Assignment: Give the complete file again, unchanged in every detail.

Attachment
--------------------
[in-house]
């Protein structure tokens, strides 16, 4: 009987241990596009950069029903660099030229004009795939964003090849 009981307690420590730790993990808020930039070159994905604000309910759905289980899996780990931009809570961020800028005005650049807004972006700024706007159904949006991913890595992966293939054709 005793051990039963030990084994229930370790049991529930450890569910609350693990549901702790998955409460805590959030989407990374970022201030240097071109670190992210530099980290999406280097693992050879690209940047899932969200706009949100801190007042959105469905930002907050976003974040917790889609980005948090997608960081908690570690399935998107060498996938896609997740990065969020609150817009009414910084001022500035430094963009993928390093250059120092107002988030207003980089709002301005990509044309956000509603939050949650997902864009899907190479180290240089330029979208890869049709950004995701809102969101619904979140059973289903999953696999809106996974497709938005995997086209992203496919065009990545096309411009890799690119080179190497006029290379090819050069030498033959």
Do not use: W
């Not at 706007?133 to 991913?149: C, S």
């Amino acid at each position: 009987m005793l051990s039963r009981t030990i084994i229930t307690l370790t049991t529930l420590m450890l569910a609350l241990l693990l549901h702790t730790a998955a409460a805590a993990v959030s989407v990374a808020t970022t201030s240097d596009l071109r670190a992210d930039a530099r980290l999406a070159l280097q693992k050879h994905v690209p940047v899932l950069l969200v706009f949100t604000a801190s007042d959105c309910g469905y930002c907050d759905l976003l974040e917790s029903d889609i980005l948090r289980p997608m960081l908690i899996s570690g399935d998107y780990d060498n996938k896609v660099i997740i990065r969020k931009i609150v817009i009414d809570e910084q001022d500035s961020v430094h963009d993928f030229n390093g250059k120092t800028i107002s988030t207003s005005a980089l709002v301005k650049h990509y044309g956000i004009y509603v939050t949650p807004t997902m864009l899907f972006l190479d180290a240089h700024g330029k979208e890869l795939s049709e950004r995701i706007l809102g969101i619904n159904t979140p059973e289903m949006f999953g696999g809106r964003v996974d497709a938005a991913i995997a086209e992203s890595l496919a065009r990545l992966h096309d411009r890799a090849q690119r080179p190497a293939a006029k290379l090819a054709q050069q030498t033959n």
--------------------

[in-house]
């Protein structure tokens, strides 16, 4: 009987241990596009950069029903660099030229004009795939964003090849 009981307690420590730790993990808020930039070159994905604000309910759905289980899996780990931009809570961020800028005005650049807004972006700024706007159904949006991913890595992966293939054709 005793051990039963030990084994229930370790049991529930450890569910609350693990549901702790998955409460805590959030989407990374970022201030240097071109670190992210530099980290999406280097693992050879690209940047899932969200706009949100801190007042959105469905930002907050976003974040917790889609980005948090997608960081908690570690399935998107060498996938896609997740990065969020609150817009009414910084001022500035430094963009993928390093250059120092107002988030207003980089709002301005990509044309956000509603939050949650997902864009899907190479180290240089330029979208890869049709950004995701809102969101619904979140059973289903999953696999809106996974497709938005995997086209992203496919065009990545096309411009890799690119080179190497006029290379090819050069030498033959």
Do not use: W
């Not at 706007?133 to 991913?149: C, S």
């Amino acid at each position: 009987m005793l051990s039963r009981t030990i084994i229930t307690l370790t049991t529930l420590m450890l569910a609350l241990l693990l549901h702790t730790a998955a409460a805590a993990v959030s989407v990374a808020t970022t201030s240097d596009l071109r670190a992210d930039a530099r980290l999406a070159l280097q693992k050879h994905v690209p940047v899932l950069l969200v706009f949100t604000a801190s007042d959105c309910g469905y930002c907050d759905l976003l974040e917790s029903d889609i980005l948090r289980p997608m960081l908690i899996s570690g399935d998107y780990d060498n996938k896609v660099i997740i990065r969020k931009i609150v817009i009414d809570e910084q001022d500035s961020v430094h963009d993928f030229n390093g250059k120092t800028i107002s988030t207003s005005a980089l709002v301005k650049h990509y044309g956000i004009y509603v939050t949650p807004t997902m864009l899907f972006l190479d180290a240089h700024g330029k979208e890869l795939s049709e950004r995701i706007l809102g969101i619904n159904t979140p059973e289903m949006f999953g696999g809106r964003v996974d497709a938005a991913i995997a086209e992203s890595l496919a065009r990545l992966h096309d411009r890799a090849q690119r080179p190497a293939a006029k290379l090819a054709q050069q030498t033959n």